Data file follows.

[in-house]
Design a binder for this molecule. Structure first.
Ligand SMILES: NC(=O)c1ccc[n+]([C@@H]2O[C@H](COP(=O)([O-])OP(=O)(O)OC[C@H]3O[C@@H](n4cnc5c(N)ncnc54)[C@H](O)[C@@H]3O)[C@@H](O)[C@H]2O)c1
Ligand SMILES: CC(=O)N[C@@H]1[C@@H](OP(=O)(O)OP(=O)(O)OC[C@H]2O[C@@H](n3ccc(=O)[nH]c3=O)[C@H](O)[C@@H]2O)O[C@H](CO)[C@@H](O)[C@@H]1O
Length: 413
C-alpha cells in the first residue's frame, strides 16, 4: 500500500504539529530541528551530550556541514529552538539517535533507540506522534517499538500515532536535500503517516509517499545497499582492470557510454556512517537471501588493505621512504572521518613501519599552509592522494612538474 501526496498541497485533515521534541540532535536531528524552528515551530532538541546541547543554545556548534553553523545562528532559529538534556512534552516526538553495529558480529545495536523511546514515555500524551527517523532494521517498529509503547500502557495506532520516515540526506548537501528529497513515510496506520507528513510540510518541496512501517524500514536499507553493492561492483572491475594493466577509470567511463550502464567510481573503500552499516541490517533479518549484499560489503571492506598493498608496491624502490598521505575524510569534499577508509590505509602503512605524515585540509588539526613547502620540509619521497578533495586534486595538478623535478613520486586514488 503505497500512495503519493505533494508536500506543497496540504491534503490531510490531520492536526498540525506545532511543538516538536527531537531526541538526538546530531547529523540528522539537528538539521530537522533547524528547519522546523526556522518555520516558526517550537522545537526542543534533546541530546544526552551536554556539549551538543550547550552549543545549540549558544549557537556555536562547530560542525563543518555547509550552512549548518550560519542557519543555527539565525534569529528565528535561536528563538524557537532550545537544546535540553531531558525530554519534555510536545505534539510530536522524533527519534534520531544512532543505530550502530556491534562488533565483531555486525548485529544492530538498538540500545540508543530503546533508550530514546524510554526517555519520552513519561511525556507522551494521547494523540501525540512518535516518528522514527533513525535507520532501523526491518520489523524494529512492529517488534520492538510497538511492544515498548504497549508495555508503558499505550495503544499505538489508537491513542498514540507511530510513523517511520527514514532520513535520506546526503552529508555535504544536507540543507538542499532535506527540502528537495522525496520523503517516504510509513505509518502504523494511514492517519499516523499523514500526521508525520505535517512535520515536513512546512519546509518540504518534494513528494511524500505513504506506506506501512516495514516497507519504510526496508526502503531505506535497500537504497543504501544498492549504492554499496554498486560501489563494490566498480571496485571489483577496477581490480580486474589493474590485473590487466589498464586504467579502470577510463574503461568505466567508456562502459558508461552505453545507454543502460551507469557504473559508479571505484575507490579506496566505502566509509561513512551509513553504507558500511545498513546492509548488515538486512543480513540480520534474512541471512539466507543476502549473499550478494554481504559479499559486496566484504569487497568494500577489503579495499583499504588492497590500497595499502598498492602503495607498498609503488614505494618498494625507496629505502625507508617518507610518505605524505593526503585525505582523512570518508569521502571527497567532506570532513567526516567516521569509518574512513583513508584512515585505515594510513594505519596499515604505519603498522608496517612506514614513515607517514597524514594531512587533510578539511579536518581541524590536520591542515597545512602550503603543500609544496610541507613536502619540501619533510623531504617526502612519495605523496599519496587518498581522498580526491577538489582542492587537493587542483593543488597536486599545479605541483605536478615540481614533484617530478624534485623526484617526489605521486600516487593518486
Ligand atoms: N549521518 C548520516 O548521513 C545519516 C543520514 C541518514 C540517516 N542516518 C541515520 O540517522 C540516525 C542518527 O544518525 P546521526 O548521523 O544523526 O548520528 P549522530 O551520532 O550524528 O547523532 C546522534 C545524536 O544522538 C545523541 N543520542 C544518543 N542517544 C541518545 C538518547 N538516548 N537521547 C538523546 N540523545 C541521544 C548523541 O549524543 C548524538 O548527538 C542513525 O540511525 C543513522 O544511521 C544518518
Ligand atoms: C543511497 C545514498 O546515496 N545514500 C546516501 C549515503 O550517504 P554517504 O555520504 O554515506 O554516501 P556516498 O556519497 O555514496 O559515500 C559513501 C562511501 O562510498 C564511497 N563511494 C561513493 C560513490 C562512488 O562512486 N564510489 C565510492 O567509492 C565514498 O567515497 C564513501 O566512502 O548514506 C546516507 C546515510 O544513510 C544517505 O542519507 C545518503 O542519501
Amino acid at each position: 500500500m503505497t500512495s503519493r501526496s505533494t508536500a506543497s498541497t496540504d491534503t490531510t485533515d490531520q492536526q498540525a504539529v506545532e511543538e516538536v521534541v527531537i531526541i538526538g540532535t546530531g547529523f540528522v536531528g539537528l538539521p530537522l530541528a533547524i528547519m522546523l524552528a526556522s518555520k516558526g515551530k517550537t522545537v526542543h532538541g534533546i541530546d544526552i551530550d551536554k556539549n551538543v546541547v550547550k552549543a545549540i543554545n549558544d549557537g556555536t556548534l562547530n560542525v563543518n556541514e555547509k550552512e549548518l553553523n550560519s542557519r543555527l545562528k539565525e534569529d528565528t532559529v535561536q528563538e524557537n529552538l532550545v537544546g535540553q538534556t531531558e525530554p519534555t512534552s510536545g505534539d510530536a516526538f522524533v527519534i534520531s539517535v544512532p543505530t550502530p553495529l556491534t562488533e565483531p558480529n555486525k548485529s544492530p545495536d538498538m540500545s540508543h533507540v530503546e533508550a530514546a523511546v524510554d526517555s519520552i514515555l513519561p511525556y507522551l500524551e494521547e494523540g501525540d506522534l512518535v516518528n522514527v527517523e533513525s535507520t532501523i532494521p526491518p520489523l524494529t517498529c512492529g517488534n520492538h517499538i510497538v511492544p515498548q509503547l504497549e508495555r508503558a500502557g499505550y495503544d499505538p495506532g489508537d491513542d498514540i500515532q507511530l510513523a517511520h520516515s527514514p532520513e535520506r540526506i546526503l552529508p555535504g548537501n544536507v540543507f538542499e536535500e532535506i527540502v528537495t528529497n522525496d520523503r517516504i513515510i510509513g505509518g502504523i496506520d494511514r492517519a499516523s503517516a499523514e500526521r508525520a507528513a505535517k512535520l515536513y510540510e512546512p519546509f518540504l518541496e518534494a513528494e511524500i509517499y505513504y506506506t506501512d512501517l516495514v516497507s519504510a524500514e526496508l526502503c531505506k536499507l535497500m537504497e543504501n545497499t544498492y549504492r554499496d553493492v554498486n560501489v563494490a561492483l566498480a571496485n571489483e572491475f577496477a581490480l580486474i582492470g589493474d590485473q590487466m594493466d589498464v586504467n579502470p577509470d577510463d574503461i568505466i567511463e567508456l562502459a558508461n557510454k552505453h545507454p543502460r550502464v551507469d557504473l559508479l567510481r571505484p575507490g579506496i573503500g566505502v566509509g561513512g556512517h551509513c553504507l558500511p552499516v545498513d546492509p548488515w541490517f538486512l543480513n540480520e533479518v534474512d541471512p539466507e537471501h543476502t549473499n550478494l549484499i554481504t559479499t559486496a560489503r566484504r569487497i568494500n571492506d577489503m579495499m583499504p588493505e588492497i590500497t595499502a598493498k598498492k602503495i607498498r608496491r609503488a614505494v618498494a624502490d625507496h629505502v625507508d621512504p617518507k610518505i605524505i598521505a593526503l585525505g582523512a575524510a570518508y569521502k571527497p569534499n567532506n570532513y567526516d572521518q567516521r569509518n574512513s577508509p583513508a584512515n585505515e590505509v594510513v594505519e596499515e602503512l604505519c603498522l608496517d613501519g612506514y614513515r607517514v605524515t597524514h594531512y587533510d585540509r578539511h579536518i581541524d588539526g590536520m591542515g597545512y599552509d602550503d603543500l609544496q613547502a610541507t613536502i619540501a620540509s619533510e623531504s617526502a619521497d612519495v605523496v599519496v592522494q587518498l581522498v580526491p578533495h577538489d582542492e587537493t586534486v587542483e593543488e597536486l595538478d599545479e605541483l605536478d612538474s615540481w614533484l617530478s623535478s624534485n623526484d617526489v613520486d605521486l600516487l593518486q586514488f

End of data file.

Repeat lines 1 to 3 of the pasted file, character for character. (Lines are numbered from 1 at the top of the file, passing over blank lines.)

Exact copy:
[in-house]
Design a binder for this molecule. Structure first.
Ligand SMILES: NC(=O)c1ccc[n+]([C@@H]2O[C@H](COP(=O)([O-])OP(=O)(O)OC[C@H]3O[C@@H](n4cnc5c(N)ncnc54)[C@H](O)[C@@H]3O)[C@@H](O)[C@H]2O)c1